Carbon Nucleus. - In this series the carbon atoms are supposed to be linked so as to form a closed chain or chains. The lowest member of the series contains six atoms of carbon, which are so linked that the group has six free affinities, thus:

For convenience

For convenience' sake, this carbon ring, or nucleus, is often graphically represented simply thus :

Radical

Radical. - When five of the free affinities are saturated by hydrogen, the group forms an organic radical with one free affinity, termed phenyl:

Hydride

. - When this free affinity is also saturated by hydrogen, the group forms phenyl hydride, or benzene, or benzol, which must be carefully distinguished from the benzin already mentioned (p. 762).

Bodies belonging to the aromatic group

Bodies belonging to the aromatic group differ from those of the fatty series in the fact that they do not readily link on other substances to themselves, and so form compounds by addition. They form them rather by substitution.

Alcohol. - When one atom of hydrogen in benzene is replaced by hydroxyl (OH), phenyl-alcohol or carbolic acid is formed :

O   H, or C6H5OH

O - H, or C6H5OH.

The name of phenol has been given to this body as it is more convenient than the names phenyl-alcohol or carbolic acid, and its termination, "ol," indicates that it resembles alcohol in its constitution.

The relations of some of the other members of the aromatic group to each other may be more easily seen if they are put in a tabular form:

Benzene,

H, or C6H5.H

H, or C6H5.H.

Phenol,

OH, or C6H5.OH, in which 1 atom of hydroxyl (OH) replaces 1 of H in benzene

OH, or C6H5.OH, in which 1 atom of hydroxyl (OH) replaces 1 of H in benzene.

Nitrobenzene, or C6H5.NO2, in which 1 atom of nitroxyl (NO2) replaces 1 of H in benzene.

Amidobenzene

Amidobenzene, or Anilin in which 1 atom of amidogen (NH2) replaces 1 of H in benzene.

or C6H5.NH2,

Benzoic acid

Benzoic acid, or Phenylformic acid, or C6H5.CO.OH, in which 1 atom of carboxyl (CO.OH) replaces 1 of H in benzene.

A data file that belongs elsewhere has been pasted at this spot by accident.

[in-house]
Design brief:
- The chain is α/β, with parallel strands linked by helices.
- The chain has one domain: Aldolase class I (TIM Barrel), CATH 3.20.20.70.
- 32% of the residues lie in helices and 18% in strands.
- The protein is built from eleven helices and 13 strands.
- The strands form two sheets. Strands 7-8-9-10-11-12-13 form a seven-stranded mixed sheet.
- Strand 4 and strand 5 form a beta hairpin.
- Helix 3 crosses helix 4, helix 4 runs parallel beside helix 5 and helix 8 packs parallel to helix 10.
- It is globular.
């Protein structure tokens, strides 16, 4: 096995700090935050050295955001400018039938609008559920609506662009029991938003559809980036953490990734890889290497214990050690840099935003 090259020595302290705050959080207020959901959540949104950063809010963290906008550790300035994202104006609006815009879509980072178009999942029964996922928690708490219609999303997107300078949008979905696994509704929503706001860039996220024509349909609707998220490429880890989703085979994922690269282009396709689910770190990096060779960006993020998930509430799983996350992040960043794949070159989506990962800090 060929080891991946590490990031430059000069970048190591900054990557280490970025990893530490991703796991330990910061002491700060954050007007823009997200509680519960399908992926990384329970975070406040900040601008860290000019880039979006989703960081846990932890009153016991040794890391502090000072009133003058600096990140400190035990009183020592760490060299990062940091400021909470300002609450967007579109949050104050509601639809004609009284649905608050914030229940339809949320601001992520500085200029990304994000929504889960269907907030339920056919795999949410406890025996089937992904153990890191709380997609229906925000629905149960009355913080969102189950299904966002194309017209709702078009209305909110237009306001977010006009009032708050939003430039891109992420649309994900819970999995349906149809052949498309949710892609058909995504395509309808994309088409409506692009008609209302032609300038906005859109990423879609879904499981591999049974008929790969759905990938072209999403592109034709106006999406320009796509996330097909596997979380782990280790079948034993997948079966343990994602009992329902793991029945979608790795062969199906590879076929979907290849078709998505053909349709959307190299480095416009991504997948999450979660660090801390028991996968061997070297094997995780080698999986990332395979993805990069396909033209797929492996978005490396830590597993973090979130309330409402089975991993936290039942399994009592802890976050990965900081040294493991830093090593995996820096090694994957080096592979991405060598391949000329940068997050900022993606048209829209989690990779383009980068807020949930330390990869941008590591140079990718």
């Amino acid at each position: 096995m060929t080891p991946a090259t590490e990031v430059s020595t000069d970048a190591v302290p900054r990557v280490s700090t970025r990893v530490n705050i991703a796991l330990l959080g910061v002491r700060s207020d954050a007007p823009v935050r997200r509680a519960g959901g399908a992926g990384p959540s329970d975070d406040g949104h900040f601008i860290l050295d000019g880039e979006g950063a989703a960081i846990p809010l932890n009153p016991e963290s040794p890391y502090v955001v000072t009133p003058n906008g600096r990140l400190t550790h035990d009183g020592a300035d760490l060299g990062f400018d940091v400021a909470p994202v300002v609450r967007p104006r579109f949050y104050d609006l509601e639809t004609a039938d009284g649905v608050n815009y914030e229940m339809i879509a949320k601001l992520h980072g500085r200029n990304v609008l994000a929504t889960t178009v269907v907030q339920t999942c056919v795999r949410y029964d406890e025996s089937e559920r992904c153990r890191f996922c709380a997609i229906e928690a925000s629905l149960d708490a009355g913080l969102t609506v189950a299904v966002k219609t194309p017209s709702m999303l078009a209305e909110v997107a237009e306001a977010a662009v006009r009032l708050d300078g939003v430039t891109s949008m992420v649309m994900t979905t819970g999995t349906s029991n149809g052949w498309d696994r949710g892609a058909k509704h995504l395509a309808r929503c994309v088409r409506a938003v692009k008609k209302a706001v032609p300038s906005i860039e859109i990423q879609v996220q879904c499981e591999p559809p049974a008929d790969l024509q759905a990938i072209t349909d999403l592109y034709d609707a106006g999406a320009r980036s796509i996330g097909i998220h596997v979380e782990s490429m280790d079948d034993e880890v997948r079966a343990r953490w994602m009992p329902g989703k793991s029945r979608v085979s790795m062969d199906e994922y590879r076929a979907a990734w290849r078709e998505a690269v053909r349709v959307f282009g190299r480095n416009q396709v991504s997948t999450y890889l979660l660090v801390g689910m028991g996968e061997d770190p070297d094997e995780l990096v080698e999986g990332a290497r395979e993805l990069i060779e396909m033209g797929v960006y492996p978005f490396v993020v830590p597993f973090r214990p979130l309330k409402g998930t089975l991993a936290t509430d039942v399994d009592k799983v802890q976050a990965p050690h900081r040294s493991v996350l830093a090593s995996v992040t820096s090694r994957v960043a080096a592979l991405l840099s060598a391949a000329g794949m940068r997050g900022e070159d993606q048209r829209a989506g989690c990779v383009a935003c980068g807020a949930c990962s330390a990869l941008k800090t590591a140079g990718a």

Benzoic acid

Benzoic acid may also be regarded as formic acid in which one atom of hydrogen is replaced by phenyl, and so it may be called phenyl-formic acid.

As the carbon atoms in the benzene ring or nucleus are supposed to be arranged symmetrically, it does not matter which atom of hydrogen is replaced by another radical if the substitution takes place only in one atom, e.g. in phenol.

If we number the carbon atoms so as to distinguish them from one another, thus : it is evident that phenol is always the same, whether the hy-droxyl is attached to the carbon atom, 1, 2, or 3, etc. etc.:

But this is not the case when substitution occurs at two or more points in the benzene ringCarbon Compounds Aromatic Series 255Carbon Compounds Aromatic Series 256Carbon Compounds Aromatic Series 257

But this is not the case when substitution occurs at two or more points in the benzene ring.

Thus when substitution in the benzene ring occurs at two points these may take three different positions.

The substitution products

The substitution-products

1 and 6 are the same as 1 and 2, and are usually termed ortho-compounds.

and 3

1 and 5 are the same as 1 and 3, and are usually termed meta compounds1 and 5 are the same as 1 and 3, and are usually termed meta compounds

1 and 5 are the same as 1 and 3, and are usually termed meta-compounds.

and 4

Carbon Compounds Aromatic Series 2611 and 4 are usually termed para compounds

1 and 4 are usually termed para-compounds.

Thus three isomeric forms may occur.

When two atoms of hydrogen are replaced by two of hydroxyl, instead of by one, as in phenol, we have three isomeric substances, differing from one another only in the relative position of the substituted atoms. These three bodies are pyrocatechin, in which the position is 1 and 2, resorcin, 1 and 3, and hydroquinone, 1 and 4. The relative position of the hydroxyl groups in these three bodies is indicated in their formulae by the figures (1:2), (1:3), and (1:4), or by the terms ortho, meta, or para, respectively.

Pyrocatechin

Pyrocatechin.

Ortho-di-hydroxy -benzene.

C6H4.(OH)2(l : 2)

Resorcin